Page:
My soon to be sister-in-law (but she’s felt like a real sister for years now) recently took a trip of a lifetime. When I asked her to write about it for Wonderlost, she happily accepted! Read below to learn about Lisa and her adventures as a teacher – specifically about her most recent trip around Europe.
Eva: Tell us about yourself!
Lisa: I’m Lisa Desberg, and I’ve been teaching English at Wilmington High School in Wilmington, Massachusetts for 14 years. I think teaching English is a lot like teaching life, but now that I’ve had the opportunity to travel with students, I know that traveling with students is really an experiential life adventure. So much to learn inside a classroom, but there is so much more beyond the confines of those 4 walls. I love both aforementioned aspects of teaching, and I’m grateful to have access to teach and learn alongside students in both settings.
E: Where has teaching brought you?
L: While an undergrad student at Boston University, I planned to student teach in Australia my senior year; unfortunately, I wasn’t afforded that opportunity due to too many applicants and not enough spots. After getting over the rejection, I vowed to teach abroad right after graduation and combine my love of teaching and travel. I did! I taught English in China, and it forever changed my passion and perspective of teaching. Upon my retirement (many, many years from now), I plan to once again go and teach overseas.
Teaching brought me to the far east when I was just beginning. Since then, teaching has brought me to various places in the New England area to visit author birthplaces, museums, and the ilk. Just a few years ago, teaching brought me to Costa Rica. Along with a spanish teacher and an art teacher, I chaperoned a 10 day eco/educational tour to Costa Rica where we patrolled the coastline at night in search of nesting or hatching sea turtles, explored the rainforest, experienced the thrill of rafting the rapids of the Sarapiqui River, learned about rural Costa Rican life first hand as we spent a day and night with a family, explored an organic farm, visited Arenal Volcano National Park, flew through the air on a zip line canopy tour, and hiked the trails of Rincon National Park. When I left Costa Rica, I cried. I loved the land, the people, the feeling of being there so much that it was hard to leave a place where I felt a deep connection.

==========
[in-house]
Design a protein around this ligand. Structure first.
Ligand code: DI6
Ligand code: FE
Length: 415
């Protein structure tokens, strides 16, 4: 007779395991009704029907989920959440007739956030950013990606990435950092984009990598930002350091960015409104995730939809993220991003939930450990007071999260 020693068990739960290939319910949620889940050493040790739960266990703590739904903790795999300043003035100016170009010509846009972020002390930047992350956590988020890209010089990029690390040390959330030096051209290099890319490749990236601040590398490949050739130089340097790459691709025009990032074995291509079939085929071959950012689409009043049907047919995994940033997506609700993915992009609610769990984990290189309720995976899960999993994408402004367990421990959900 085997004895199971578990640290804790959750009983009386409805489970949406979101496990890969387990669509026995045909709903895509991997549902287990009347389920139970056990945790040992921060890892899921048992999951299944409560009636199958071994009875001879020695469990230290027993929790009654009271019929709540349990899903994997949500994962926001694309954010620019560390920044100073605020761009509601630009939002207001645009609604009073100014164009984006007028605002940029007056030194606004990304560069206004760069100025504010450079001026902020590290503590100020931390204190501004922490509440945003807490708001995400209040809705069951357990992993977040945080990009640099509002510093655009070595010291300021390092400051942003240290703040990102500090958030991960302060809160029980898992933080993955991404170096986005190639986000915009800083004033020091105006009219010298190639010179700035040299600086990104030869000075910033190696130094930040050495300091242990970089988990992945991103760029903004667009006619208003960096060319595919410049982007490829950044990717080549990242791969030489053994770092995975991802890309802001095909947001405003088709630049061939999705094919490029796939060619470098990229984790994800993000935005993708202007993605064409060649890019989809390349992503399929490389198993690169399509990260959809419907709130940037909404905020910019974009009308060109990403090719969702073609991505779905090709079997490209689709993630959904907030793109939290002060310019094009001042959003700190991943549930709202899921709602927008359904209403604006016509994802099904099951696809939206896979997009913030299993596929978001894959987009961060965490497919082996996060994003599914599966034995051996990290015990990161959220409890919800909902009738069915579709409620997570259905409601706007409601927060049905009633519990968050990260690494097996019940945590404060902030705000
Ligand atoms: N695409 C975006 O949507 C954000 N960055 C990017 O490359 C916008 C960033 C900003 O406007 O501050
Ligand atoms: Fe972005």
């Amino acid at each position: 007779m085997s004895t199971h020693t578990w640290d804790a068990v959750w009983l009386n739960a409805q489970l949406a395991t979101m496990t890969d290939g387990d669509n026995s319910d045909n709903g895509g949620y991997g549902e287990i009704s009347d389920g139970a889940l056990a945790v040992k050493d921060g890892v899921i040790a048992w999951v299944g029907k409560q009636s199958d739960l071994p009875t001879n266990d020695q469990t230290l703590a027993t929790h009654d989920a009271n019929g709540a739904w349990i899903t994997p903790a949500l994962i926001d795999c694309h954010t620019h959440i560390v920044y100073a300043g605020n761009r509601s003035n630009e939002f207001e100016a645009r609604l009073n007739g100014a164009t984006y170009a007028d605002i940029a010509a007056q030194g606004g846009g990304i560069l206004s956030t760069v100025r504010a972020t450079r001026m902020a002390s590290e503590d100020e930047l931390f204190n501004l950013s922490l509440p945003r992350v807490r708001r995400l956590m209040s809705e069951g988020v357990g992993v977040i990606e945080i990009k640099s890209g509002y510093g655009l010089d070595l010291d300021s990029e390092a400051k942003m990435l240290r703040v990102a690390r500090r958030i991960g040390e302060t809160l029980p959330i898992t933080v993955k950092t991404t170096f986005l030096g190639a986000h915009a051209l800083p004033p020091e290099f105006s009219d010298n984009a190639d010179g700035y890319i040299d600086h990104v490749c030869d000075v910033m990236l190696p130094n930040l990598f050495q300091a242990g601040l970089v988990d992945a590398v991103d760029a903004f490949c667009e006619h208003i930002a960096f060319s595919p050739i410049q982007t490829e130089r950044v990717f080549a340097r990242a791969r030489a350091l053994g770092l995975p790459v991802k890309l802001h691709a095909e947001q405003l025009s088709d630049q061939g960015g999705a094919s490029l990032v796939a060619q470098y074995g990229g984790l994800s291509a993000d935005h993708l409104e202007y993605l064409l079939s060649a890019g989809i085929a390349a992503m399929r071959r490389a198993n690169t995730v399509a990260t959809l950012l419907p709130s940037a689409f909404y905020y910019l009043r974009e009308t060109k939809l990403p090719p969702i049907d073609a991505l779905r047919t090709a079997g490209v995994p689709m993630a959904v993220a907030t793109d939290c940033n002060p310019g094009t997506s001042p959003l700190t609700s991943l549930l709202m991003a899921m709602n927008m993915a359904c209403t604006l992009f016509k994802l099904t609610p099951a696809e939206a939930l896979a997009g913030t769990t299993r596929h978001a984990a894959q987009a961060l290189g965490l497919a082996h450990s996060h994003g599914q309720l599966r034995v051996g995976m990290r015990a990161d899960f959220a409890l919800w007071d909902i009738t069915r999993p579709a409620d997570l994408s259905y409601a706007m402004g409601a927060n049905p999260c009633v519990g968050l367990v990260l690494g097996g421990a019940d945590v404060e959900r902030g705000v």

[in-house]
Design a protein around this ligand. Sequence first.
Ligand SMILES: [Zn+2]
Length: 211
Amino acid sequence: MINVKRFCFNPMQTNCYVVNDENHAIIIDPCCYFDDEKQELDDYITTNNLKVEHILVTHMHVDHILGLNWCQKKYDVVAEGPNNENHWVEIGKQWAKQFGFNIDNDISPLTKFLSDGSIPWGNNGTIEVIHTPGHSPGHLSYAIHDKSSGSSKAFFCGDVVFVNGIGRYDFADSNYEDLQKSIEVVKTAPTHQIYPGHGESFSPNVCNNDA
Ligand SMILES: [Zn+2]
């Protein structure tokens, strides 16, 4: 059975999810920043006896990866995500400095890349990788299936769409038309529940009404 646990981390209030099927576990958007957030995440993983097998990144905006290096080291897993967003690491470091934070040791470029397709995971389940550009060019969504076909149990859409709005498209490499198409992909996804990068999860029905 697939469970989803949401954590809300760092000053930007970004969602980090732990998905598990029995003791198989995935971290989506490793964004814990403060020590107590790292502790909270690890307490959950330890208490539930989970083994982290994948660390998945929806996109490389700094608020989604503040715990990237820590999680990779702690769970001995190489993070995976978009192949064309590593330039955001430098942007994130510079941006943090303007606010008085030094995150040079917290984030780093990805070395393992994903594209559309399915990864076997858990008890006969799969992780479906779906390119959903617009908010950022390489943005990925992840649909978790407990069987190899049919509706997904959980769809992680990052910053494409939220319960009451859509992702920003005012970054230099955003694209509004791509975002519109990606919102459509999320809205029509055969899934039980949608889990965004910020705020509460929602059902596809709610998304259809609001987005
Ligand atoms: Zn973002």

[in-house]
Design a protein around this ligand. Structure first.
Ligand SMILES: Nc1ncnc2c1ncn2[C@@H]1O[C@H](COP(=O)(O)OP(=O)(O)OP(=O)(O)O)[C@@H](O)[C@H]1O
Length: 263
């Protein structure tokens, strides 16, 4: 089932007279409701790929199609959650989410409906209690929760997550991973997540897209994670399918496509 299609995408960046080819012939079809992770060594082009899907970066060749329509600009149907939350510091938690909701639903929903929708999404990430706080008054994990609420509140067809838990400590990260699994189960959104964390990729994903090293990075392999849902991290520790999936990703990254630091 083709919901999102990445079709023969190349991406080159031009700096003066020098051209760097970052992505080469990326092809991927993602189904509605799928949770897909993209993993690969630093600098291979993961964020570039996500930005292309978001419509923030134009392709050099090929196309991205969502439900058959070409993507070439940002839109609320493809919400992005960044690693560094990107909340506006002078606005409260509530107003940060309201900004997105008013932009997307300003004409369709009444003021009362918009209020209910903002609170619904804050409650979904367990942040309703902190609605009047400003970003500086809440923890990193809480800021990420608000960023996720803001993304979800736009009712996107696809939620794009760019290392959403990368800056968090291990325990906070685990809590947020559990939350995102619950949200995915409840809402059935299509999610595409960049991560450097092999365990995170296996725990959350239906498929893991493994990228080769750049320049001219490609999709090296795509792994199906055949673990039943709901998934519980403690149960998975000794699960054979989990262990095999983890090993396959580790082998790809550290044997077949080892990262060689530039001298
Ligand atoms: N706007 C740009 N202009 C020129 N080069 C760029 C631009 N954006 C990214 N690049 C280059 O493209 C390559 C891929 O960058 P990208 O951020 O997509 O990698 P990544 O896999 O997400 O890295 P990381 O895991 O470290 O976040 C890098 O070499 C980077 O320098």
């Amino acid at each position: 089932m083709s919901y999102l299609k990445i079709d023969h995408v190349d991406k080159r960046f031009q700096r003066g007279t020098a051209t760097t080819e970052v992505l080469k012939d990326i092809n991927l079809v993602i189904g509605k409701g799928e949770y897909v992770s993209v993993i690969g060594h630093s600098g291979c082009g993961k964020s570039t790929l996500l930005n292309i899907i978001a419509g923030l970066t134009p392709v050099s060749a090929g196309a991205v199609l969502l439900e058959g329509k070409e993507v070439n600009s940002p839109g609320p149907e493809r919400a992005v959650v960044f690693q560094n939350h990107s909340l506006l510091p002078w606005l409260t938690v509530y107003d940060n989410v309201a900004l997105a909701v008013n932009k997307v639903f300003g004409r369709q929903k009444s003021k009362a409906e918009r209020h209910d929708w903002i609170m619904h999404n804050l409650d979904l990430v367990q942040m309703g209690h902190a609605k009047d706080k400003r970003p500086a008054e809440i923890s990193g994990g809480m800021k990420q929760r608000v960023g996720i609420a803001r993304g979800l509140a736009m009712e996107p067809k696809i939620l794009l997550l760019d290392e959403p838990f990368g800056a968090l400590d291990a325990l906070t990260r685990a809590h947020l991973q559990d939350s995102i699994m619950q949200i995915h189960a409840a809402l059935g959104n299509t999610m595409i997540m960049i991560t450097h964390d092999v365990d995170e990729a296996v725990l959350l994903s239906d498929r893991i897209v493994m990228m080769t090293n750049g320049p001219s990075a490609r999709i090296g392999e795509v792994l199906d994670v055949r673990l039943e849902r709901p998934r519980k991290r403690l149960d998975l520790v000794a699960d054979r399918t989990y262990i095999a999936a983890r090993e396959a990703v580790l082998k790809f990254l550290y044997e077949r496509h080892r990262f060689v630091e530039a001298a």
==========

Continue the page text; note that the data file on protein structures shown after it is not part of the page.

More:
I have also accompanied a colleague who is a french teacher two Canada on two occasions — once to Montreal and once to Quebec City — for a lot of sightseeing and hands on activities like learning how to make a french omelette or participating in a traditional evening of dancing and dining at a sugar shack. We are currently in the process of planning a trip back to Montreal.
E: Where was your most recent trip?
L: Last month, 5 colleagues and I took 38 students on a WWII themed trip to Poland, Germany and France. We visited Krakow, Auschwitz, Berlin, Aachen, Normandy and Paris. Boston based travel company Explorica allowed us to customize the trip across Europe. Here is the itinerary.
E: Which city was your favorite?